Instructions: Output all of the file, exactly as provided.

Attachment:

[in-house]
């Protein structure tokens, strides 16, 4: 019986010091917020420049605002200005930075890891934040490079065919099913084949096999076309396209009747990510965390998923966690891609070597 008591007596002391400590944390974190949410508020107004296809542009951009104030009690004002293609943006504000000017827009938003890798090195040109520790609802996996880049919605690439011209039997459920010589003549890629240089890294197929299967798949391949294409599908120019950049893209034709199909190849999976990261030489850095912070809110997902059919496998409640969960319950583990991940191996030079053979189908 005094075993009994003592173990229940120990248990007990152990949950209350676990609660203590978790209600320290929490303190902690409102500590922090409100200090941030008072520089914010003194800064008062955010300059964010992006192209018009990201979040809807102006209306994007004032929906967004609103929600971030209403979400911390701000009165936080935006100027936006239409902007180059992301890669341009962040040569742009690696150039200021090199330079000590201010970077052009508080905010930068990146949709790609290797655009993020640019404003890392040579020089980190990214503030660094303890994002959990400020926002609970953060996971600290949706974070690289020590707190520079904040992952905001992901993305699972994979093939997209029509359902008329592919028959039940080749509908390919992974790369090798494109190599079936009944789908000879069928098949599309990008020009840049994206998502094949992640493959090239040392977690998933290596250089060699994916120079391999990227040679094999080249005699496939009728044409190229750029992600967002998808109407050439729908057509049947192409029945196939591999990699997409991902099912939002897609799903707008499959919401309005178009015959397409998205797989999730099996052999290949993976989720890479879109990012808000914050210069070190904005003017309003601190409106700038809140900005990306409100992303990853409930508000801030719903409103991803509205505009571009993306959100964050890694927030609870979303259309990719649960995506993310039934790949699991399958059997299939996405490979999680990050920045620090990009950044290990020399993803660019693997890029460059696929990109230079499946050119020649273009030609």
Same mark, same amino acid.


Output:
[in-house]
């Protein structure tokens, strides 16, 4: 019986010091917020420049605002200005930075890891934040490079065919099913084949096999076309396209009747990510965390998923966690891609070597 008591007596002391400590944390974190949410508020107004296809542009951009104030009690004002293609943006504000000017827009938003890798090195040109520790609802996996880049919605690439011209039997459920010589003549890629240089890294197929299967798949391949294409599908120019950049893209034709199909190849999976990261030489850095912070809110997902059919496998409640969960319950583990991940191996030079053979189908 005094075993009994003592173990229940120990248990007990152990949950209350676990609660203590978790209600320290929490303190902690409102500590922090409100200090941030008072520089914010003194800064008062955010300059964010992006192209018009990201979040809807102006209306994007004032929906967004609103929600971030209403979400911390701000009165936080935006100027936006239409902007180059992301890669341009962040040569742009690696150039200021090199330079000590201010970077052009508080905010930068990146949709790609290797655009993020640019404003890392040579020089980190990214503030660094303890994002959990400020926002609970953060996971600290949706974070690289020590707190520079904040992952905001992901993305699972994979093939997209029509359902008329592919028959039940080749509908390919992974790369090798494109190599079936009944789908000879069928098949599309990008020009840049994206998502094949992640493959090239040392977690998933290596250089060699994916120079391999990227040679094999080249005699496939009728044409190229750029992600967002998808109407050439729908057509049947192409029945196939591999990699997409991902099912939002897609799903707008499959919401309005178009015959397409998205797989999730099996052999290949993976989720890479879109990012808000914050210069070190904005003017309003601190409106700038809140900005990306409100992303990853409930508000801030719903409103991803509205505009571009993306959100964050890694927030609870979303259309990719649960995506993310039934790949699991399958059997299939996405490979999680990050920045620090990009950044290990020399993803660019693997890029460059696929990109230079499946050119020649273009030609």
Same mark, same amino acid.